those who answered the phone, all who worked hard during severe circumstances and thanked
Mayor Torre and the Emergency Management for notifying all about the drinking water
problem. He also thanked the Health Department for being there when the supermarket opened
up to insure health safety.
REPORT OF MAYOR:
Mayor Torre began with how proud he is of every department in the Borough of Hasbrouck
Heights, the Fire, Police, Ambulance Squad, and the DPW, especially the Fire Department
who are professionals, not paid. Many of them risked their lives not only helping
Hasbrouck Heights, but Rochelle Park and Lodi as well, for 24 hours, some having to get
Tetanus shots. Again on Saturday they were called out again along with the Police
Department to get word out to the townspeople about the water emergency. DPW was out
before, during and after the storm. He thanked all for their help, and asked the clerk to
read the following Resolution No. 165:
WHEREAS, Tropical Storm Floyd struck New Jersey and Hasbrouck Heights with a
vengeance on Thursday, Sept. 16 dropping nine inches of rain in 18 hours, and has been
classified over a 100-year storm by numerous authorities; and
WHEREAS, members of the Hasbrouck Heights Volunteer Fire Department and Ambulance
Squad, Police Department and Department of Public Works worked valiantly to lessen the
affects of this devastating storm; and
WHEREAS, the Fire Department was called to other neighboring towns to assist in
whatever way they could with their disasters and was instrumental in helping to save many
lives in their endeavors;
NOW, THEREFORE, BE IT RESOLVED by the Mayor and Council of the Borough of Hasbrouck
Heights, County of Bergen, State of New Jersey, that the Fire Department, Department of
Public Works, Police Department and the Office of Emergency Management be commended for
their heroic efforts during this natural disaster with appreciation for their dedication
and perseverance in performing their tasks to the best of their ability.
s/William J. Torre
On motion by Councilman Wassberg, seconded by Councilman DiPisa, and unanimously carried,
the foregoing Resolution was adopted.
He continued his report regarding the storm. On Saturday before the storm the DPW was out
clearing out catch basins, preparing in advance for impending disaster, making sure the
pump stations were operational. On Sept. 16, the Mayor called a meeting for all
departments, and a plan was mapped out as to how to fight this storm. At 9:30 everyone
went out into action. He continued, of course there were problems, but all did their best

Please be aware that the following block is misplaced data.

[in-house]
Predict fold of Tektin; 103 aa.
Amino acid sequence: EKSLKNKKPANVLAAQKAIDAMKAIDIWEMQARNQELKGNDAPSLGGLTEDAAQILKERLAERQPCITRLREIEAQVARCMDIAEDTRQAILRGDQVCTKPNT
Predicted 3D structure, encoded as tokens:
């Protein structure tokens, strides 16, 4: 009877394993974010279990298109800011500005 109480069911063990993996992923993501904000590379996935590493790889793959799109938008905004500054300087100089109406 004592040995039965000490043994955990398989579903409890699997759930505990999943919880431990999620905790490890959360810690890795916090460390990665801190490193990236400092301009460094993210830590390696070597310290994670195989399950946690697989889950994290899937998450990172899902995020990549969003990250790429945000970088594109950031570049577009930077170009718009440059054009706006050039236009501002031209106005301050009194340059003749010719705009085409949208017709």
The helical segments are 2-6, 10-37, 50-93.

to prepare and protect life and property in town. Mutual aid calls were received from
Lodi, Rochelle Park and South Hackensack. Phone service outside of town was cut off and
many did not have phone service at all. Some power outages occurred for two and three days
at a time. Two police officers manned the Police Desk, some officers worked double shifts.
The DPW sent six crews out to clean up after the storm, making sure the catch basins
remained clear. An additional crew was in charge of monitoring the pump stations and
sanitary flow. Flooding occurred at various locations, such as Field, Terrace, and the
Public Works yard and various other sections of Route 17. The sanitary line on Burr Place
and the main line at Public Works overflowed due to problems with the volume of water at
the BCUA, At the Route 17 pump station all three pumps were running constantly. It was
found later that the BCUA was shut down and our pumps were pumping to nowhere. OEM
processed damage assessment to FEMA. A meeting was held with FEMA and they tried to
address as many residents concerns and attended this meeting as well. Every resident in
Hasbrouck Heights received information on how to apply to FEMA by mail.
155. Granting of Raffle License - H.H. Elks Lodge No. 1962
156. Authorizing support of Assembly Bill No. 1013 which would require all entities which
use or store environmentally hazardous substances to post standardized informational
warning placards at these facilities to alert responding firefighters and other emergency
service personnel of potential dangers
157. N.J. Transit Bus Stop Proposal On motion by Councilwoman Verrastro, seconded by
Councilman Link, and unanimously carried, the foregoing consent agenda resolution was